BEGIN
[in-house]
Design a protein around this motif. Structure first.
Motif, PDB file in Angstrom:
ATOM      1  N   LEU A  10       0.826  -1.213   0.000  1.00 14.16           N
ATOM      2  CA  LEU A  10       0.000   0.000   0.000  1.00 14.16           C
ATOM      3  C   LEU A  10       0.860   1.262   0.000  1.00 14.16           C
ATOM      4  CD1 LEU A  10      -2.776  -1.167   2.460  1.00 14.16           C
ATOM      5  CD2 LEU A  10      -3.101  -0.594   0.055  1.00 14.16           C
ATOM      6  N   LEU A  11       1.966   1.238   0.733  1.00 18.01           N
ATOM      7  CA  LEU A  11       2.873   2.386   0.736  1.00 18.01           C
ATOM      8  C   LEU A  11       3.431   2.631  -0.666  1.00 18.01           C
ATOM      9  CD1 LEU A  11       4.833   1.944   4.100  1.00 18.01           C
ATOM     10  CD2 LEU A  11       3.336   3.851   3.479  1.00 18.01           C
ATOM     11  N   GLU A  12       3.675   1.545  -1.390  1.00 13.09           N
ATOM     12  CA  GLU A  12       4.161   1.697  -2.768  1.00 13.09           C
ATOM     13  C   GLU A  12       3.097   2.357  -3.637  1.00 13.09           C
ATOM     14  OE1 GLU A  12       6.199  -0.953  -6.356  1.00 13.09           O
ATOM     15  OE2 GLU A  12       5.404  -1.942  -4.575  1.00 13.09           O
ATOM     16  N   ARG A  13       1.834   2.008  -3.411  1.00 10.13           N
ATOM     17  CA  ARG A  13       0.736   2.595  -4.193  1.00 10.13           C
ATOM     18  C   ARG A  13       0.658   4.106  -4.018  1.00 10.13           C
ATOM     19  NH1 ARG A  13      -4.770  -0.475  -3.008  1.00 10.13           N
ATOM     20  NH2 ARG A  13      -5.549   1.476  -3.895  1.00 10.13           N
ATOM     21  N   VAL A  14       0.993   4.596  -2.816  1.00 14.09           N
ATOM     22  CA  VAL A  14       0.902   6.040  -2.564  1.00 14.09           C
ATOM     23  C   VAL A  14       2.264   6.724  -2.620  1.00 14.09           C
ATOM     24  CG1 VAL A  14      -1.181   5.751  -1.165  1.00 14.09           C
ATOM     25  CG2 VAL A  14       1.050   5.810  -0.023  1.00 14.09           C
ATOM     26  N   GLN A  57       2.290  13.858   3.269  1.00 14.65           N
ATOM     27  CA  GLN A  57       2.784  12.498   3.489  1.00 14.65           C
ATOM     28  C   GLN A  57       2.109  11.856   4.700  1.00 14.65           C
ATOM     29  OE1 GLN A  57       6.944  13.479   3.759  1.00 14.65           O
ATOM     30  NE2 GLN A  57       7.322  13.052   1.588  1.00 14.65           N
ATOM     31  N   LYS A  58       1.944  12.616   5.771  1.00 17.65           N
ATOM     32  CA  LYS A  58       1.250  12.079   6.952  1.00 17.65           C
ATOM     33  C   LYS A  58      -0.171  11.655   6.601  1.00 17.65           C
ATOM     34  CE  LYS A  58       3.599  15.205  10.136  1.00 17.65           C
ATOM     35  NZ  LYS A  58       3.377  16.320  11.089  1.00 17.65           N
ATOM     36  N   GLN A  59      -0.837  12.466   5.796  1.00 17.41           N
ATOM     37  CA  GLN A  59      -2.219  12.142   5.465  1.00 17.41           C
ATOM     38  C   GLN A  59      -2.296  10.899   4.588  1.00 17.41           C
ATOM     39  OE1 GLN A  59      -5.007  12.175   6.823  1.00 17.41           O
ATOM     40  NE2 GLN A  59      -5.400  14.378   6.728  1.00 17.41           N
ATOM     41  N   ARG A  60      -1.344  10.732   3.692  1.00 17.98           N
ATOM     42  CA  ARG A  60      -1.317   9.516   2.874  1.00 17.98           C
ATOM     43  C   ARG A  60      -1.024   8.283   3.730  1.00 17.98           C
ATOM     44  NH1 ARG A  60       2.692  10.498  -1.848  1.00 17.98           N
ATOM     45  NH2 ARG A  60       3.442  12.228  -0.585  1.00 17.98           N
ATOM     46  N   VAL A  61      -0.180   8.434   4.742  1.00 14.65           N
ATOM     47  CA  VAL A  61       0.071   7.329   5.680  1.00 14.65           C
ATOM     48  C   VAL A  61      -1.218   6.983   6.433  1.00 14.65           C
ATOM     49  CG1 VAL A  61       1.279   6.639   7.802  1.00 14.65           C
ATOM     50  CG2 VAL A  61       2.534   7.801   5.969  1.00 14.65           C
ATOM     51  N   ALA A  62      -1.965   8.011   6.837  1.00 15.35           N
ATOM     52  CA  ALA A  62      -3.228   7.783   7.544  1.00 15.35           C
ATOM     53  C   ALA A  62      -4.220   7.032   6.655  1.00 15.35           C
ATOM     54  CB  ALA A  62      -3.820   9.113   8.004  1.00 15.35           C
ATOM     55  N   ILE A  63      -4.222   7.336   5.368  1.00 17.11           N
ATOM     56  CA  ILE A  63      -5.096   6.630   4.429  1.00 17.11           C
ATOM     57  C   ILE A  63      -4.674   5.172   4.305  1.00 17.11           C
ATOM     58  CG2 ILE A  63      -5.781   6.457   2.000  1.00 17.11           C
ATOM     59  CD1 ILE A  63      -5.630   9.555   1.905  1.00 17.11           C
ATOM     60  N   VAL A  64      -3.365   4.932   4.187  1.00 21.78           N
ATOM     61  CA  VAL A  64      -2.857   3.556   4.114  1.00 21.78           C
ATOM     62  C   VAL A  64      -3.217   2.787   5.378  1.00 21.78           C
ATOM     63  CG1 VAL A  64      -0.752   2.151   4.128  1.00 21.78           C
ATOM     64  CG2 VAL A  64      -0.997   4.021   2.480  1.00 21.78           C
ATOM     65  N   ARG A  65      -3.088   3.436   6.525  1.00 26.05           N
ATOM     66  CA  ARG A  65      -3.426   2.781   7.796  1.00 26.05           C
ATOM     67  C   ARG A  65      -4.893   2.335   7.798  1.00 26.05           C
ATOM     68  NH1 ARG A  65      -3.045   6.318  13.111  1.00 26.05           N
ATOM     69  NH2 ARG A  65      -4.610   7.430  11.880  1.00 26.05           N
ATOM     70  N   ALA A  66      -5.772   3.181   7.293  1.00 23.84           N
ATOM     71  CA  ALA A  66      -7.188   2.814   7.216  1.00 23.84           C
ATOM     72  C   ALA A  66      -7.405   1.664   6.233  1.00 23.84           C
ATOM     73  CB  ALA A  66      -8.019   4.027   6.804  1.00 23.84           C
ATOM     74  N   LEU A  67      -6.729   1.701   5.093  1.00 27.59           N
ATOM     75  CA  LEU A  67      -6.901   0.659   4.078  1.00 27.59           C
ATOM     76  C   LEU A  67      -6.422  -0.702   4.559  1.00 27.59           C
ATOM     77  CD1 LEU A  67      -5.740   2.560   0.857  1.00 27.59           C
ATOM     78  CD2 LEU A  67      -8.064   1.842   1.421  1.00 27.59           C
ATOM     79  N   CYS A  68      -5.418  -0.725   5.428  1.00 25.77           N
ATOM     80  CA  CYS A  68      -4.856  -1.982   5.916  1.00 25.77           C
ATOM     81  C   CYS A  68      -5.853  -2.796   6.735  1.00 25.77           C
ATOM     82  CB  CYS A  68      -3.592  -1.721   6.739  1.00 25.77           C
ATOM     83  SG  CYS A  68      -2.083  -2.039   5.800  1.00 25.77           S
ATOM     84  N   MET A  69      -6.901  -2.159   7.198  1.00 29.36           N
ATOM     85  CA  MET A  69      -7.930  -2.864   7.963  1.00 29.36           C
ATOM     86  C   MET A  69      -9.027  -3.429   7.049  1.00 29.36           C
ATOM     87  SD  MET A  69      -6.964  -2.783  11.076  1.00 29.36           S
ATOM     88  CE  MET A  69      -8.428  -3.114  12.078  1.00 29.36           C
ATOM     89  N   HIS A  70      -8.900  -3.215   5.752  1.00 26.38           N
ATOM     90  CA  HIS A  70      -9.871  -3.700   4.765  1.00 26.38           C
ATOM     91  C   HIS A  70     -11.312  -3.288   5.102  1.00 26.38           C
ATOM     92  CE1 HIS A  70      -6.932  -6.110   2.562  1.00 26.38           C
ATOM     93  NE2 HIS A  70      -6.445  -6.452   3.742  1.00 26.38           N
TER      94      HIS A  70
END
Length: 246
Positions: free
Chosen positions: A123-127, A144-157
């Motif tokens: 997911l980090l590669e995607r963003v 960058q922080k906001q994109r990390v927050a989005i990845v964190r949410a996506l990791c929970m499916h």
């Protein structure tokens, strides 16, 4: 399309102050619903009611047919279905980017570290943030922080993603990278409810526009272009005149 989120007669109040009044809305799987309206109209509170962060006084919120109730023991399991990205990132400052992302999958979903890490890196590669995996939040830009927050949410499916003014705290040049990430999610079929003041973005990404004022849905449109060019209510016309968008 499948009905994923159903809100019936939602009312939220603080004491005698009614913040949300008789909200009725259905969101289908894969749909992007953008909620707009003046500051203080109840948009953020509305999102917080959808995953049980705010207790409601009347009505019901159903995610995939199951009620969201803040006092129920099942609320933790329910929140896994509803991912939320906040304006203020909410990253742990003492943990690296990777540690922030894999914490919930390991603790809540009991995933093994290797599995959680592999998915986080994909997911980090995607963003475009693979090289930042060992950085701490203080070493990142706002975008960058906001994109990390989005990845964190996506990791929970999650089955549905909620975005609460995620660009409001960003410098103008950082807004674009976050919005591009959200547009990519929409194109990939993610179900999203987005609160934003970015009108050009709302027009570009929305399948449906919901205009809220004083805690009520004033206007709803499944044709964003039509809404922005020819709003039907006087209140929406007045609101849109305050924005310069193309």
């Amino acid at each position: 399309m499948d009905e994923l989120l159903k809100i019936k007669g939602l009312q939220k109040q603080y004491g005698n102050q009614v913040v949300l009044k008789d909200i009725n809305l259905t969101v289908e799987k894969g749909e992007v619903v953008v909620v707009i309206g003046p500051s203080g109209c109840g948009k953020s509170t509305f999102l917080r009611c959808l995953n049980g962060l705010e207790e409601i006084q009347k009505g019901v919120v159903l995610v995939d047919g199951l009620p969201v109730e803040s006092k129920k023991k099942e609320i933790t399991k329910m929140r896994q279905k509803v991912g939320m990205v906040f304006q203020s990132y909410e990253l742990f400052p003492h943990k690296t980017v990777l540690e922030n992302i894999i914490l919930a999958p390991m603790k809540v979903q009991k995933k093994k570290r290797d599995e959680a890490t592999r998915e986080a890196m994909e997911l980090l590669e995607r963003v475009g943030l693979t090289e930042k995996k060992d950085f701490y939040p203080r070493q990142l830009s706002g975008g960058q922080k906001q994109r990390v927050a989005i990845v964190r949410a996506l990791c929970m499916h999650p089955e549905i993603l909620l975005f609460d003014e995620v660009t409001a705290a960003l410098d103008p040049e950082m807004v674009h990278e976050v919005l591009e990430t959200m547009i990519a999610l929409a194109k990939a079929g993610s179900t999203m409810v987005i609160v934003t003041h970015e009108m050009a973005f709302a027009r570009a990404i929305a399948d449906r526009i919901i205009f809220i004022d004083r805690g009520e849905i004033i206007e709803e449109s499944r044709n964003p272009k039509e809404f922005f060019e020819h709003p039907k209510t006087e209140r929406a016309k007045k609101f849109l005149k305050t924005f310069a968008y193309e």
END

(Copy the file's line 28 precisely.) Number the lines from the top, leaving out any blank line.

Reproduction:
ATOM     25  CG2 VAL A  14       1.050   5.810  -0.023  1.00 14.09           C